Pee, pan-dairy pancakes & a pledge you should make


Gourmandistan is not normally a territory enthused about the prospect of kidneys. Even a fan such as Jaques Pépin is forced to describe their flavor as “an assertive taste that some may not find inviting.” Putting it bluntly, kidneys pretty much always taste of urine, quite possibly because their primary function is producing the stuff. While we’ve received them in several whole animal purchases, we’ve usually (somewhat secretly and shamefully as nose-to-tail enthusiasts) allowed them to go to waste. Today, however, we’re here to argue quite the opposite position on kidneys. Just not in a culinary way. That’s what the pancakes are for—along with celebrating the start of a new status for Michelle’s father as a transplant recipient.


Tom was on dialysis for several years—a time-sucking, location-limiting lifestyle adjustment the entire family had begun to accept as our normal way of life. Weekend before last, however, he received what the doctors called “a perfect match,” donated by the family of a girl who died far too young at the opposite end of the country. The procedure took the better part of what became a blurry, sleepless night, with Michelle and her mother stumbling home around 6:30 on Sunday morning to report a successful surgery before collapsing in happy exhaustion.


Steve needed a way to feed three ladies with different sleep schedules and asked Michelle’s sister for suggestions. The reply was “pancakes,” a food not seen in Gourmandistan for many years. Steve’s first sleep-deprived stab at finding a recipe was Edna Lewis, but waiting 8-10 hours for sourdough to ferment was out of the question. Turning to the “breakfast” shelf of Gourmandistan’s cookbook library, Steve’s tired eyes fell on Morning Food: From Café Beaujolais, possibly because its bright yellow dust jacket penetrated his gummy eyelids. “Cottage Cheese Pancakes” seemed simple enough, except Gourmandistan at the moment possessed no cottage cheese. Substituting a dab of almost-out-of date ricotta and some Greek yogurt seemed to do the trick, as Michelle’s sister pronounced the thin, tasty, almost crêpe-like cakes extremely satisfying. A few hours later Michelle’s mom awoke and, after a small plateful, agreed—noting that she often made the same recipe at home with the called-for cottage cheese.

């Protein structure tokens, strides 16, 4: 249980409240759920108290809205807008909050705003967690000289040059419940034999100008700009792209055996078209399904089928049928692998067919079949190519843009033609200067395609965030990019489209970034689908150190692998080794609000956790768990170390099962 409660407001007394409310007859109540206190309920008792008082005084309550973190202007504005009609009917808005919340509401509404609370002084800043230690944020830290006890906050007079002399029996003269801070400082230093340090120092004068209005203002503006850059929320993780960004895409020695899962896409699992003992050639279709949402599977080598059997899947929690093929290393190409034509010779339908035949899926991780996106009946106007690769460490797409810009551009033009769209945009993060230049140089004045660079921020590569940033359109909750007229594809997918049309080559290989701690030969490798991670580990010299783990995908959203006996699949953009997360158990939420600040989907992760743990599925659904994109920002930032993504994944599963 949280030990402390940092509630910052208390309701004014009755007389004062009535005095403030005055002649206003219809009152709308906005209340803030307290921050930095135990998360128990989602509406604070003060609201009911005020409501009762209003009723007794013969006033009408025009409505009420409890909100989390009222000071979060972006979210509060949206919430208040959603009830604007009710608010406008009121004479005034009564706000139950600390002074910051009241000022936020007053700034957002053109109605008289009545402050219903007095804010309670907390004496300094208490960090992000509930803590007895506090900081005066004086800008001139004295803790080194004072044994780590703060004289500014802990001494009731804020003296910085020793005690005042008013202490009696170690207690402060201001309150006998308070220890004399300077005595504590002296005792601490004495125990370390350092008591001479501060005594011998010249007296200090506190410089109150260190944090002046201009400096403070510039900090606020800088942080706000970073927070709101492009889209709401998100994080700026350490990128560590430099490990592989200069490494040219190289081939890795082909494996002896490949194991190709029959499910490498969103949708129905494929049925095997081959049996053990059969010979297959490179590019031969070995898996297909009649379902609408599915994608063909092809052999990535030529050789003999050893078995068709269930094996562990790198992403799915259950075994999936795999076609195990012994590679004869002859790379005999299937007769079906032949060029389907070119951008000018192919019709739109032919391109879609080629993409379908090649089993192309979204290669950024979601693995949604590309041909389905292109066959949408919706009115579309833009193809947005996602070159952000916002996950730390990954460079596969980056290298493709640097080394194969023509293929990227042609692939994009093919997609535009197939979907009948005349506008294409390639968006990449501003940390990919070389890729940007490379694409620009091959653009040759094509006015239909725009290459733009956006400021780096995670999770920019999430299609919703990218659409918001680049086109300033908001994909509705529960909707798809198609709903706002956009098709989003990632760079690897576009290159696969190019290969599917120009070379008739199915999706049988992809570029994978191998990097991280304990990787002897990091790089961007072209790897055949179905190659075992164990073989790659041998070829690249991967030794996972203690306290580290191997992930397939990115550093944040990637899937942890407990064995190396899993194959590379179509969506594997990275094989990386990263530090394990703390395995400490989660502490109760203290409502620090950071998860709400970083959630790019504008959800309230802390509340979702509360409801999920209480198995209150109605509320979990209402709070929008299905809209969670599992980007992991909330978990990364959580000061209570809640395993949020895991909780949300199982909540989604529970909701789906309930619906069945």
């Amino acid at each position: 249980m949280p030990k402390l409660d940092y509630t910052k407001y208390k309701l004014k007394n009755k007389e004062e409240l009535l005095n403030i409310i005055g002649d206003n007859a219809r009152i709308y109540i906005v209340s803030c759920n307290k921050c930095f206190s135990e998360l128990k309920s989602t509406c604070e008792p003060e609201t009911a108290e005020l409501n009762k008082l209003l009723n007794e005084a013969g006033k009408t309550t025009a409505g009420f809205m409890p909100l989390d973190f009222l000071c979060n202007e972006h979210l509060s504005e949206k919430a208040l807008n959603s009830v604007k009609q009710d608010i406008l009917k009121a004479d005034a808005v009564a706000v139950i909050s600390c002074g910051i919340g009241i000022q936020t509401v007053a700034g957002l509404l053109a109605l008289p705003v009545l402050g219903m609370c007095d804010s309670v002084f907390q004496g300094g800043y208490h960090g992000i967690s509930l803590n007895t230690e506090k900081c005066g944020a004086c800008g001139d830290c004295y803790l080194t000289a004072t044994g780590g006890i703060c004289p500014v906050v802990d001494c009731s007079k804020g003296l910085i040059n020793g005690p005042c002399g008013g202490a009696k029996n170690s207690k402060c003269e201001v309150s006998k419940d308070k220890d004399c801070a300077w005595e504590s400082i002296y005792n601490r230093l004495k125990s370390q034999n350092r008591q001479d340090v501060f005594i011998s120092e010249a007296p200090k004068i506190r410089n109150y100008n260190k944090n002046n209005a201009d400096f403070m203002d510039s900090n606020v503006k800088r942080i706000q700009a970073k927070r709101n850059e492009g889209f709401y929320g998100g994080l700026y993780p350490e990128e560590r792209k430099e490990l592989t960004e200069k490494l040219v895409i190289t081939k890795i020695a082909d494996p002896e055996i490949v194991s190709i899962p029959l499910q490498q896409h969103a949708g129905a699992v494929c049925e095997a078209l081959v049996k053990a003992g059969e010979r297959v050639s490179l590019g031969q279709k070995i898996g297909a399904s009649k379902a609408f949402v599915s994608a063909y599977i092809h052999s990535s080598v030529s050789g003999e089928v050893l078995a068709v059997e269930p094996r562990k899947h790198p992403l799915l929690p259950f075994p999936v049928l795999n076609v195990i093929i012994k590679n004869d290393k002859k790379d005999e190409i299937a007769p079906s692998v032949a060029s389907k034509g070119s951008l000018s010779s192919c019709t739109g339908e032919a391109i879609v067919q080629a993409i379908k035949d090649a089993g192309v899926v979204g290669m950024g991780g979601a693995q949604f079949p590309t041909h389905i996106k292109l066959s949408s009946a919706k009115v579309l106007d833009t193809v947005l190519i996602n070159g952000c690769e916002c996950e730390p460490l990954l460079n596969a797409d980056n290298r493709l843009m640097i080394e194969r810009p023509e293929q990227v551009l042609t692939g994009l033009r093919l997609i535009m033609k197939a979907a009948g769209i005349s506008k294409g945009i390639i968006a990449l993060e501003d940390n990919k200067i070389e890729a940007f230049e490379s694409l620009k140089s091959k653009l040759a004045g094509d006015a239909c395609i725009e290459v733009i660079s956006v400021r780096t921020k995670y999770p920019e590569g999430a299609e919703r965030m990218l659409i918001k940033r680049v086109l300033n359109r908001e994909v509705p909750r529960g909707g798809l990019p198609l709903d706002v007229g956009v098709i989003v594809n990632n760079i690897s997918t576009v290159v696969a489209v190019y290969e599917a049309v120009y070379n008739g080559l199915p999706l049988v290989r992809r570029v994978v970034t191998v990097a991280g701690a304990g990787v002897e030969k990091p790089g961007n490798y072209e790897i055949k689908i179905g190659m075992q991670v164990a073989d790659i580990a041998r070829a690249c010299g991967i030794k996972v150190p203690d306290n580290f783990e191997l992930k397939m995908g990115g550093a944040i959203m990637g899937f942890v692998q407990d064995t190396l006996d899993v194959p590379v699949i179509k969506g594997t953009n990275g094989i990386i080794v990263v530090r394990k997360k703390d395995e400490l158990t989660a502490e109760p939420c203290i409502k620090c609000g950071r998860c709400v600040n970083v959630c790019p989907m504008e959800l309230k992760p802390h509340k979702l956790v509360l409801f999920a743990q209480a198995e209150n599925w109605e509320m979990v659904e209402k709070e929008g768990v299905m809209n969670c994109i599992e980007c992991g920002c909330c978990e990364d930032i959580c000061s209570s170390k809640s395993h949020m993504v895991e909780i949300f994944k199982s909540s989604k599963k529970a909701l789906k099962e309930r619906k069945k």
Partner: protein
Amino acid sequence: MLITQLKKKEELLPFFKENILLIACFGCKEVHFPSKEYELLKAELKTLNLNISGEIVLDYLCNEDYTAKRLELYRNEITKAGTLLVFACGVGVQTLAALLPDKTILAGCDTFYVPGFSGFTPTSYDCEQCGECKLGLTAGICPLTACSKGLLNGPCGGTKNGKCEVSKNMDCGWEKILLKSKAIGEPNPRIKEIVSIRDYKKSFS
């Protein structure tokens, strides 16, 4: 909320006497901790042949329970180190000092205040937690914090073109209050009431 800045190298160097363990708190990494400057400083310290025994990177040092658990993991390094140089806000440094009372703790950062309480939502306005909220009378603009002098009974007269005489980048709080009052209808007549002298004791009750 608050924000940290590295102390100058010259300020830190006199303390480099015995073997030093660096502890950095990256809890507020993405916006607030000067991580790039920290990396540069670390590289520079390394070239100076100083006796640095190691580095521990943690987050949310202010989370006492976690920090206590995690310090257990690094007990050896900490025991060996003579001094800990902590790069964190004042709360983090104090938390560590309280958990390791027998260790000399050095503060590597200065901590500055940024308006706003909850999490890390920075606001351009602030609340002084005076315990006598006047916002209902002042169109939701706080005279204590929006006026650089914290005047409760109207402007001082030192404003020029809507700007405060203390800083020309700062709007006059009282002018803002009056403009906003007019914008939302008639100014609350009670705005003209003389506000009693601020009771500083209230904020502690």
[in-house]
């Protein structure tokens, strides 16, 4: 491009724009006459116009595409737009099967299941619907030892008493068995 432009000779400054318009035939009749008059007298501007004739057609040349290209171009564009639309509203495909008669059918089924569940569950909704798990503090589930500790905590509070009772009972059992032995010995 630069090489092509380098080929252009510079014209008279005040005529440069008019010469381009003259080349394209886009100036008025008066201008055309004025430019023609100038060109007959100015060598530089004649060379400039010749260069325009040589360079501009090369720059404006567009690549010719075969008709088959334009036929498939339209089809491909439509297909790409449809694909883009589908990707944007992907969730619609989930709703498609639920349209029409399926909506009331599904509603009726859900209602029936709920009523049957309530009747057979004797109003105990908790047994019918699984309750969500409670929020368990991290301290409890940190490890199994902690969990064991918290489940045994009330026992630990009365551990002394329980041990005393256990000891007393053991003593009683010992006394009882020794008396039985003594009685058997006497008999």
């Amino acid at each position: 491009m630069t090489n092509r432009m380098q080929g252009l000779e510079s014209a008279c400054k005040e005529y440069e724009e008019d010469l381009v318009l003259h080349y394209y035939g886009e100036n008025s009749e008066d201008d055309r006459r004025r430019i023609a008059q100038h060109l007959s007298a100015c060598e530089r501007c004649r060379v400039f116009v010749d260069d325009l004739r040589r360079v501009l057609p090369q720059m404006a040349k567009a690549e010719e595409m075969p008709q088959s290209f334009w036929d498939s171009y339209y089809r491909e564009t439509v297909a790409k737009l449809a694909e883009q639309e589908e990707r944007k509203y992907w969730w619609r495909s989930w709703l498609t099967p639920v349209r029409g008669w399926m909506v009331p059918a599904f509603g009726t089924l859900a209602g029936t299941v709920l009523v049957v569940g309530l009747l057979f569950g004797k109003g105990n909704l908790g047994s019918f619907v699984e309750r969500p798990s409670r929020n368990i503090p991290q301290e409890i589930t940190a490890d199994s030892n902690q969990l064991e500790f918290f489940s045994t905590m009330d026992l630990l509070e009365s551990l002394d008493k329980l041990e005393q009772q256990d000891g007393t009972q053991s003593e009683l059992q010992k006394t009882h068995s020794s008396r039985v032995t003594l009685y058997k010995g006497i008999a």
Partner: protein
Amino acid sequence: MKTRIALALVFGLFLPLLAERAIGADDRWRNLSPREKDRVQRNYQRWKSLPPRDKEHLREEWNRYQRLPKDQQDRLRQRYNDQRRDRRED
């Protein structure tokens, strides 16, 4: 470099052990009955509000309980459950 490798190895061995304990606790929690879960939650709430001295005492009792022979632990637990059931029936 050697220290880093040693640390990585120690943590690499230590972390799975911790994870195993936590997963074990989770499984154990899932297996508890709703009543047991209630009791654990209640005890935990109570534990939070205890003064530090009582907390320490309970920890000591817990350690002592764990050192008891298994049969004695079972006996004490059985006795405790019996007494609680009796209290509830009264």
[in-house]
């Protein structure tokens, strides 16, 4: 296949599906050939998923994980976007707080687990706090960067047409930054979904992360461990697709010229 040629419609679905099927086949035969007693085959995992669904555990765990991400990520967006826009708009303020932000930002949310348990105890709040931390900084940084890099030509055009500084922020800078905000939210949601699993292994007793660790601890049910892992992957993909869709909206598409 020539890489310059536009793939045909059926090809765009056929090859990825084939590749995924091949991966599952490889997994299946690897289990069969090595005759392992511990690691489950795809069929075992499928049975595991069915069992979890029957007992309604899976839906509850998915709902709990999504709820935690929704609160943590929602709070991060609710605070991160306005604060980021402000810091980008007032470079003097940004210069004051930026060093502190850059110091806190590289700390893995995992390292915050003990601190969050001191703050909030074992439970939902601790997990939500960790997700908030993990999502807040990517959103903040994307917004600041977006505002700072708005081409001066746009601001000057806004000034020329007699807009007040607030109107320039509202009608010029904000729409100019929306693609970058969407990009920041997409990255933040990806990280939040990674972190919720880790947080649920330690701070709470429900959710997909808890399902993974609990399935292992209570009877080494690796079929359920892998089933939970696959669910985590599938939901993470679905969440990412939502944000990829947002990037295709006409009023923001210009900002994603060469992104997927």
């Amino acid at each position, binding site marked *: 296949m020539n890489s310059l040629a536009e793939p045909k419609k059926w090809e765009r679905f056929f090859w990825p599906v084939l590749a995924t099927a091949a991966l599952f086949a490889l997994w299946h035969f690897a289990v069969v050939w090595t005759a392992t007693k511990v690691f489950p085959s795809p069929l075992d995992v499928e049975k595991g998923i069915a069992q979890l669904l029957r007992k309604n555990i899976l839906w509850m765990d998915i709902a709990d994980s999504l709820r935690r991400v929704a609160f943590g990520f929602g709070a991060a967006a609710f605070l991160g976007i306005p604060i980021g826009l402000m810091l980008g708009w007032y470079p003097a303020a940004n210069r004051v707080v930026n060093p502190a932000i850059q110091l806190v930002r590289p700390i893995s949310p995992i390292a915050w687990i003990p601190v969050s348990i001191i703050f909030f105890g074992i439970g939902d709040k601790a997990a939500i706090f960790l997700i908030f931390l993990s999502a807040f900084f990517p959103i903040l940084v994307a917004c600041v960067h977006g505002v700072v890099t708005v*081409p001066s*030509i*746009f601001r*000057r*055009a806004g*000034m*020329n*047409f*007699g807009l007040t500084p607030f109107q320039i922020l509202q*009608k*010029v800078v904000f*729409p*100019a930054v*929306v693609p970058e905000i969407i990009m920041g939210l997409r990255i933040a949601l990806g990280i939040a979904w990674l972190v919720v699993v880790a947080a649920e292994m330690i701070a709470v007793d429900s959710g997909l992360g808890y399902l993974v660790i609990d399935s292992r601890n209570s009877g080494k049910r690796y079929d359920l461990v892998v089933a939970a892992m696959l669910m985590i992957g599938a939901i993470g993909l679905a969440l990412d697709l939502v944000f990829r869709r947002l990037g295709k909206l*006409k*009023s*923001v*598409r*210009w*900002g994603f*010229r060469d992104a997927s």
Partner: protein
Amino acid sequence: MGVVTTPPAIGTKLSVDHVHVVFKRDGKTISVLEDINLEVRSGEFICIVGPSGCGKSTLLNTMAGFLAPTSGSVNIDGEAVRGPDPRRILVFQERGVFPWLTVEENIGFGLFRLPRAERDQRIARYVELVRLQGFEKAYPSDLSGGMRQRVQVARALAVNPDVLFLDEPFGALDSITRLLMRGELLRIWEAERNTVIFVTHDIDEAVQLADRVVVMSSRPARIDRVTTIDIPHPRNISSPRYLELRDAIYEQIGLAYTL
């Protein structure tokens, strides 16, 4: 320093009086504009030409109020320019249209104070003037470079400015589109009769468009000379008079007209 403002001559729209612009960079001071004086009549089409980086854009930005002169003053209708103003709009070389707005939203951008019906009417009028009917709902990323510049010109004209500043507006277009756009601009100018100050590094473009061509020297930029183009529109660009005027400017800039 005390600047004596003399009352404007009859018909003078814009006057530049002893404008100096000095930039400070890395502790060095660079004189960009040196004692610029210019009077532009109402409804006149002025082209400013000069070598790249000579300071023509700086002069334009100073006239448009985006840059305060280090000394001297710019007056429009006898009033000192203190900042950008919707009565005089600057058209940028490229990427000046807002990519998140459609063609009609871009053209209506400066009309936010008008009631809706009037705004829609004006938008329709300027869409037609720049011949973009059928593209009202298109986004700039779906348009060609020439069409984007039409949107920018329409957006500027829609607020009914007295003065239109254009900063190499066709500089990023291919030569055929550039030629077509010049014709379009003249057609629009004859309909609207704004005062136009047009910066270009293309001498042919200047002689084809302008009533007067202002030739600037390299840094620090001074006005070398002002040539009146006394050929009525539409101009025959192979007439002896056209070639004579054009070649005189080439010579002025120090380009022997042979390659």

In the days since, we’ve treated the entire newly-kidneyed clan to several other pancake breakfasts, once using all ricotta and another time using all yogurt. All versions were equally good, perhaps made even tastier seasoned with the anticipation of life after dialysis.


We may not care for the flavor of lamb or beef kidneys, but we surely hope to enjoy this one—and the idea that someday we might provide such a gift for another family. Because someone cared enough to be generous even in a time of grief, we can share this happy story and simple, family-synchronous recipe with you. And we urge you, if you have not done so already, to become an organ donor.


  • Servings: 7-8 small pancakes
  • Print

(adapted from Margaret S. Fox and John Bear’s Morning Food: From Café Beaujolais)

  • 3 eggs
  • 1 c. cottage cheese, ricotta cheese, Greek yogurt or some combination thereof
  • 2 TB vegetable oil
  • 1/4 c. all-purpose flour
  • 1/4 t. baking powder
  • 1/4 t. salt

Place all ingredients in a blender.  Combine on low speed until smooth and all flour is incorporated.